Many firms feel that dropping the company match will have disastrous results when it comes to participation — but there’s research that suggests otherwise.
Harvard and Yale found that participation rates were hurt when plans with auto enrollment dropped the match — but perhaps not as much as you might think.
Example: When plans that offered automatic enrollment went from offering its workers a standard match (50% on the first 6% of pay) to stopping the match altogether, participation dropped anywhere from just 5% to 11%.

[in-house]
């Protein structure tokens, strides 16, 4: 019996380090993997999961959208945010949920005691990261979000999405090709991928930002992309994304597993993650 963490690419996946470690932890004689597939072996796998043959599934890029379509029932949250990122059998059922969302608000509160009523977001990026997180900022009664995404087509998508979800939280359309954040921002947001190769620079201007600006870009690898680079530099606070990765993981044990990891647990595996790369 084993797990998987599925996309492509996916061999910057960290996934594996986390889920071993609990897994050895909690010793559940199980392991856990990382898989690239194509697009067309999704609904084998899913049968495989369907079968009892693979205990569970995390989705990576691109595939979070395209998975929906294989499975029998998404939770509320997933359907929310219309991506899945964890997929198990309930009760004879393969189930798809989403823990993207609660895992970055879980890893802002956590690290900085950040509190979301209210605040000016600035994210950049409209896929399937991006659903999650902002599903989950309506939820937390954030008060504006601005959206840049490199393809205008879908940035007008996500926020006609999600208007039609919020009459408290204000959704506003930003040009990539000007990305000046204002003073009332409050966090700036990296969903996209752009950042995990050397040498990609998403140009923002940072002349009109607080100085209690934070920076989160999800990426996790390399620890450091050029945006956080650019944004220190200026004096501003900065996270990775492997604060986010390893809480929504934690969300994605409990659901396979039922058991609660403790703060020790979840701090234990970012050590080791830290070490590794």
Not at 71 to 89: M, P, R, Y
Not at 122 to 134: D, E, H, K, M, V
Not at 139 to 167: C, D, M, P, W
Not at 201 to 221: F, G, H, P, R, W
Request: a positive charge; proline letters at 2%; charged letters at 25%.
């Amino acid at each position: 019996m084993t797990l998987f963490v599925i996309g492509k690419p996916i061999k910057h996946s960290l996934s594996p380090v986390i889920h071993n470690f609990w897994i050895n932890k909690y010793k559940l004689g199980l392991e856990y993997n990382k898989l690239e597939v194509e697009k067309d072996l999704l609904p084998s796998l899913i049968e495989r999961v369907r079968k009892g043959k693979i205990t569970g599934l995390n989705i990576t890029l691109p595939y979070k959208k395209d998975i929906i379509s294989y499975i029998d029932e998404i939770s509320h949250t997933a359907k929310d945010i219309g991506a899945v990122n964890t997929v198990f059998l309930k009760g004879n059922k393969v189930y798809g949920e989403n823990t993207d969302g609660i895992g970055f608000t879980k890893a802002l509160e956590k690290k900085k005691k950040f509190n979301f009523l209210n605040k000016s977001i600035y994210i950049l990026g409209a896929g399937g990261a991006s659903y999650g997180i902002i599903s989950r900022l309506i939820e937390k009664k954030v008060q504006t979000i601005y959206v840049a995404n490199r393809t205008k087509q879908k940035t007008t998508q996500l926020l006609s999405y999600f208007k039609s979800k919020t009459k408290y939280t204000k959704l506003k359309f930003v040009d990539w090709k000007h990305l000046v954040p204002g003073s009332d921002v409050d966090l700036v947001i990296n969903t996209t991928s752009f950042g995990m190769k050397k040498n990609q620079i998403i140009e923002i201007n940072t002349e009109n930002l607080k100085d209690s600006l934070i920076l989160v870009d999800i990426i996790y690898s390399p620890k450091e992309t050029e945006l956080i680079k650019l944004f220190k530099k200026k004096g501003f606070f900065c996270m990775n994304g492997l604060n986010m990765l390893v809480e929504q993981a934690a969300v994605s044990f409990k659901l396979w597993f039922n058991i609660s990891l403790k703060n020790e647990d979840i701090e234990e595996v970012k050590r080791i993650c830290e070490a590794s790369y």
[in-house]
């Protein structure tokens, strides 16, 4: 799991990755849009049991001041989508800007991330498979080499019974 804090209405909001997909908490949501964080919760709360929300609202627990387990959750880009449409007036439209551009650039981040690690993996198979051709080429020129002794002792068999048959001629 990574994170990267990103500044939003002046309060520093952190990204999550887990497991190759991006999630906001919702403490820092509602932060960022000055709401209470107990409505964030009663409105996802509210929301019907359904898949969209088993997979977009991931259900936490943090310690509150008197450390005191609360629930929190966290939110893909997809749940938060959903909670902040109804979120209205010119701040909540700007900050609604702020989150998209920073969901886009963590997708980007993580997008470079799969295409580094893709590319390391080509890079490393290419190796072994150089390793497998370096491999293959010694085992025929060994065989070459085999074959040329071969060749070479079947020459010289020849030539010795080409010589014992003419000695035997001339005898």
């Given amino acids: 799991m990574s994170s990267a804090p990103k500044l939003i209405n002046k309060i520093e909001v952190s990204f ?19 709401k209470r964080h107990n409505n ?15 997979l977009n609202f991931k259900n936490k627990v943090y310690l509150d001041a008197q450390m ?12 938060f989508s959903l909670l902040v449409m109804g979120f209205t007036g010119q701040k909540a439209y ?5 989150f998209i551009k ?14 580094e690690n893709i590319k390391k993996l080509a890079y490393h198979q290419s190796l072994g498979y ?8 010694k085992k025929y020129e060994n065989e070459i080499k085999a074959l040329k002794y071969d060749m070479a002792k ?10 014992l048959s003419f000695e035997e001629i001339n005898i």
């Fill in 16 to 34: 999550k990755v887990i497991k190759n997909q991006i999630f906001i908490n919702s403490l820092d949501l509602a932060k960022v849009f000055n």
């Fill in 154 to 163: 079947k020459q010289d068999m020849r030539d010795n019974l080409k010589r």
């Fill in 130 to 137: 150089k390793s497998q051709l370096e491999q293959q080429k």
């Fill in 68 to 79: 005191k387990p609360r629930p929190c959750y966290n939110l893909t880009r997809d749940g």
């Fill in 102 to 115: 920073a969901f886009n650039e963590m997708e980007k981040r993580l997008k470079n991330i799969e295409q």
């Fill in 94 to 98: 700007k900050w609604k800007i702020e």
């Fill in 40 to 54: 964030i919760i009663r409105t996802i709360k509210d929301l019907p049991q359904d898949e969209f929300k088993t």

So, if your company has to drop its match — even though that’s not ideal — your plan will probably be OK, especially if it includes auto enrollment and escalation.
However, if you do drop the match, you may want to consider using some of the money that had been designated for the match to beef up other benefits.
Why? Companies have been able to boost participation by adding Roth contributions, investment advice and automatic rebalancing to their retirement plans.